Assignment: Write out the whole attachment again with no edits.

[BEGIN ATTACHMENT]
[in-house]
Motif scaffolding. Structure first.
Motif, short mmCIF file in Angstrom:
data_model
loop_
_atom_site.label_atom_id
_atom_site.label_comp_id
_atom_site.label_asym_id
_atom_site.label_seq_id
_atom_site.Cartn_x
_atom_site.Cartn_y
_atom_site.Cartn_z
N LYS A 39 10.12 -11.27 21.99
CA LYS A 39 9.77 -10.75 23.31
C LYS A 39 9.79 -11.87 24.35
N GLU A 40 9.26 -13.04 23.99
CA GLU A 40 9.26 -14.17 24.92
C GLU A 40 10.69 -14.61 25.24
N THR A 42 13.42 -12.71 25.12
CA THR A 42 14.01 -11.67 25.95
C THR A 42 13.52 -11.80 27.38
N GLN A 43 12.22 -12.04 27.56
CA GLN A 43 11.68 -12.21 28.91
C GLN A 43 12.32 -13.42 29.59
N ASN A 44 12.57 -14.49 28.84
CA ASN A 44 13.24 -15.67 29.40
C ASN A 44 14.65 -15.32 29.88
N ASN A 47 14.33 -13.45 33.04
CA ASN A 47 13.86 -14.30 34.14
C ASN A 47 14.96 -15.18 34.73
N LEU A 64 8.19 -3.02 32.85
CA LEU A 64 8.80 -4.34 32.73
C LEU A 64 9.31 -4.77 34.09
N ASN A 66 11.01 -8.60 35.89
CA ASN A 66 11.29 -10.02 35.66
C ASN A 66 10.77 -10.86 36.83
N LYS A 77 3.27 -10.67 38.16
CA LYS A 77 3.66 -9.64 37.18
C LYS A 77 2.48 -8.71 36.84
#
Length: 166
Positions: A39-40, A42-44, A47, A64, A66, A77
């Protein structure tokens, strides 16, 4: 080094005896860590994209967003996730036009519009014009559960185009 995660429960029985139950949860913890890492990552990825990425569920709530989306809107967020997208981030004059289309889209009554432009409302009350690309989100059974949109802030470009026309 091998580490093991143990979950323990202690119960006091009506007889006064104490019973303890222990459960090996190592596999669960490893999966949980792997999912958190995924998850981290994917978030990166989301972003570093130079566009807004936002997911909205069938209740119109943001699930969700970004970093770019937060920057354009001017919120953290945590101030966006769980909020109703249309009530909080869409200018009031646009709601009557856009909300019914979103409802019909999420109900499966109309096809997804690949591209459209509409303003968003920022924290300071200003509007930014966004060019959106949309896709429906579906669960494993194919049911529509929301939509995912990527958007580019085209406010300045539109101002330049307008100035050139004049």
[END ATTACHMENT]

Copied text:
[in-house]
Motif scaffolding. Structure first.
Motif, short mmCIF file in Angstrom:
data_model
loop_
_atom_site.label_atom_id
_atom_site.label_comp_id
_atom_site.label_asym_id
_atom_site.label_seq_id
_atom_site.Cartn_x
_atom_site.Cartn_y
_atom_site.Cartn_z
N LYS A 39 10.12 -11.27 21.99
CA LYS A 39 9.77 -10.75 23.31
C LYS A 39 9.79 -11.87 24.35
N GLU A 40 9.26 -13.04 23.99
CA GLU A 40 9.26 -14.17 24.92
C GLU A 40 10.69 -14.61 25.24
N THR A 42 13.42 -12.71 25.12
CA THR A 42 14.01 -11.67 25.95
C THR A 42 13.52 -11.80 27.38
N GLN A 43 12.22 -12.04 27.56
CA GLN A 43 11.68 -12.21 28.91
C GLN A 43 12.32 -13.42 29.59
N ASN A 44 12.57 -14.49 28.84
CA ASN A 44 13.24 -15.67 29.40
C ASN A 44 14.65 -15.32 29.88
N ASN A 47 14.33 -13.45 33.04
CA ASN A 47 13.86 -14.30 34.14
C ASN A 47 14.96 -15.18 34.73
N LEU A 64 8.19 -3.02 32.85
CA LEU A 64 8.80 -4.34 32.73
C LEU A 64 9.31 -4.77 34.09
N ASN A 66 11.01 -8.60 35.89
CA ASN A 66 11.29 -10.02 35.66
C ASN A 66 10.77 -10.86 36.83
N LYS A 77 3.27 -10.67 38.16
CA LYS A 77 3.66 -9.64 37.18
C LYS A 77 2.48 -8.71 36.84
#
Length: 166
Positions: A39-40, A42-44, A47, A64, A66, A77
């Protein structure tokens, strides 16, 4: 080094005896860590994209967003996730036009519009014009559960185009 995660429960029985139950949860913890890492990552990825990425569920709530989306809107967020997208981030004059289309889209009554432009409302009350690309989100059974949109802030470009026309 091998580490093991143990979950323990202690119960006091009506007889006064104490019973303890222990459960090996190592596999669960490893999966949980792997999912958190995924998850981290994917978030990166989301972003570093130079566009807004936002997911909205069938209740119109943001699930969700970004970093770019937060920057354009001017919120953290945590101030966006769980909020109703249309009530909080869409200018009031646009709601009557856009909300019914979103409802019909999420109900499966109309096809997804690949591209459209509409303003968003920022924290300071200003509007930014966004060019959106949309896709429906579906669960494993194919049911529509929301939509995912990527958007580019085209406010300045539109101002330049307008100035050139004049």